I was at a junk yard the other day. The owner was amazing. He knew exactly where everything was. To my eyes the place was a total junk yard. To his eyes, it was extremely well organized chaos. I needed some pulverizor wheel shaft bearings. We went to a back shed (one if 30 sheds on the yard), he moved some equipment, and there they were under some boxes in a corner piled high with other stuff and covered in dust. They looked like they had been there for 30 years.

I recall an emissions chemistry specialist whose office looked like an abandoned storeroom. Piles of paper 3 ft high that you had to step around to get from the door to his desk chair. But he knew exactly where each report or research paper was. He was better than google by a wide margin. I would never have wanted to change that man or his habits. He was brilliant and amazing just the way he was.

I am the proud owner of a machine shop that makes my bride want to puke. She can't stand my messes and all my works in progress. So she doesn't go out there except on rare occasions. I like that.

Conversely her house looks like something out of a cottage life magazine. Everything spotless and in its place. She gets an anxiety attack when I leave a coffee cup on an end table. The devil in me often leaves things laying around intentionally just to distract her from complaining about something else and sometimes just to make her happy! That sounds odd but it's true. If there isn't something obvious to tidy up, she goes crazy looking for something. In a very real sense, putting my cup away satisfies that inner need in her and then she is at peace. Yes, she complains about the cup, but a minute later she is crawling into my lap and purring like a kitten. Without the cup to put away she is like a caged tiger looking for something to kill.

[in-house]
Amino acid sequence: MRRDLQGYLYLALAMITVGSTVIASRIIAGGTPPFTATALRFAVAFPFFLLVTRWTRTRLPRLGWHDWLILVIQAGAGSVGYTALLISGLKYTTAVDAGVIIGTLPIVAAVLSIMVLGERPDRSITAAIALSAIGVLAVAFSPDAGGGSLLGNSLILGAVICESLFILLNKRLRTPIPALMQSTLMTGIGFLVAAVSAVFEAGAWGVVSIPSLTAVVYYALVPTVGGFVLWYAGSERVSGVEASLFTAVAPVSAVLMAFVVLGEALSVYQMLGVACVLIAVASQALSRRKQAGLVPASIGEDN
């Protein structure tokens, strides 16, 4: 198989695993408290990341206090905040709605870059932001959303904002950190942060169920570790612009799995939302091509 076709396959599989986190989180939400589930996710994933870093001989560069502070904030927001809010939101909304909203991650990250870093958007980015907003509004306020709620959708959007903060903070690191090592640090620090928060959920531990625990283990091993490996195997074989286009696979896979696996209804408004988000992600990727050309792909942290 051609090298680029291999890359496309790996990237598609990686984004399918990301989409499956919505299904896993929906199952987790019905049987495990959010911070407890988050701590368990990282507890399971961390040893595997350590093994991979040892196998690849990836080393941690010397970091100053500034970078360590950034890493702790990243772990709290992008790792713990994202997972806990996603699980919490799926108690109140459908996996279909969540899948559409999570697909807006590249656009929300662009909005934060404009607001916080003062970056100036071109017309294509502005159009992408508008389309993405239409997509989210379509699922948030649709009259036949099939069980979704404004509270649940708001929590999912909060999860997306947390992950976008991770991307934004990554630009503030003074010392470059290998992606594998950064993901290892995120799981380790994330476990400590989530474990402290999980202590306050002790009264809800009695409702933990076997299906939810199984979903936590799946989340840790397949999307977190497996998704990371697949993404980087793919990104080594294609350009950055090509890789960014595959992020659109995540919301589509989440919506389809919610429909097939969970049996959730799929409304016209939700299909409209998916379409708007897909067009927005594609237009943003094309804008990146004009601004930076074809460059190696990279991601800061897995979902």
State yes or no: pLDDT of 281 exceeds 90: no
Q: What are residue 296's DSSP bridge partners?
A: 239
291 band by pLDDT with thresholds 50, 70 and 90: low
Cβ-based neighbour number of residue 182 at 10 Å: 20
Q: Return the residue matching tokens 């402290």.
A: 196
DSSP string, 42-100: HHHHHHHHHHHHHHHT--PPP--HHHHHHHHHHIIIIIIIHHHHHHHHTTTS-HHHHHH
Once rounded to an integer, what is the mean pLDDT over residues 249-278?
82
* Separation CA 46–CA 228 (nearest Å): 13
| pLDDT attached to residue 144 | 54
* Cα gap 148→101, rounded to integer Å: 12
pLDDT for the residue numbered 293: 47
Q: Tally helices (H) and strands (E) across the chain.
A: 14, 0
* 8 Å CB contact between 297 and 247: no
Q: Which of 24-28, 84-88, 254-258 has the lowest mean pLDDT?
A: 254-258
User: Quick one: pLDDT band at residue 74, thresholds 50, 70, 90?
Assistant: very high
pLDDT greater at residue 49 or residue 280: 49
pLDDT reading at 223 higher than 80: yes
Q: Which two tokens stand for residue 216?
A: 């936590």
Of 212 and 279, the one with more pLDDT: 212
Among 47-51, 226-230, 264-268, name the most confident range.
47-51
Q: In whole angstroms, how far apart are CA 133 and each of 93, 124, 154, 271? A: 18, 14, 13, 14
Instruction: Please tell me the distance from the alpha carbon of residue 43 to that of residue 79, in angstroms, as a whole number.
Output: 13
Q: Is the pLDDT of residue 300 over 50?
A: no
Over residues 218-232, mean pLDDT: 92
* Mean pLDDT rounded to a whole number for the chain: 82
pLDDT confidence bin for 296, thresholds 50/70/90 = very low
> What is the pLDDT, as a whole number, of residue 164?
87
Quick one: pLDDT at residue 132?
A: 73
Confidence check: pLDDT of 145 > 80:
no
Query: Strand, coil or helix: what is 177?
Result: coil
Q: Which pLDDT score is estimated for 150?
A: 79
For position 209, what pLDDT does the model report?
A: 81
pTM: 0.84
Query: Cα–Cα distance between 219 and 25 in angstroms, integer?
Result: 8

Sometimes I think the only reason she stays with me is that she can't stand the idea of an unfinished project. She has been working on me for over half a century and she keeps trying to fix me. I'll never understand what her goals really are or why she keeps trying.

All just different strokes for different folks. It's all good!
 

Dabbler

ersatz engineer
Sometimes I think the only reason she stays with me is that she can't stand the idea of an unfinished project.
:D

I think there are 'very special skills' that chaos people have (thanks , Liam Neeson). I often in the middle of a job make the tool completely disappear. In an organized shop - to wit: John N and I were talking in the middle of his shop, in a fairly barren area, away from every thing else. I was scraping off decals from a tool box that he bought for nearly nothing. I put down the scraper. 5 years later it is still missing....

For many common tools I have to have duplicates. That just adds to the organization burden.
 

Dabbler

ersatz engineer
Today we began the 'parking' of the press close to the storage shelves, piick up front ne, drag over, down, back end up, side, down... Then a couple of phone calls and necessities, and done for the day. We will try to get it positioned tomorrow so the cranes can be put away. As measured by my crane scale the beast is 2280 lbs.

Then to weigh the fly press, put away the engine hoists, and then rearrange the shop to make the new additions usable and accessible. Then to shoot the videos for Janger and all.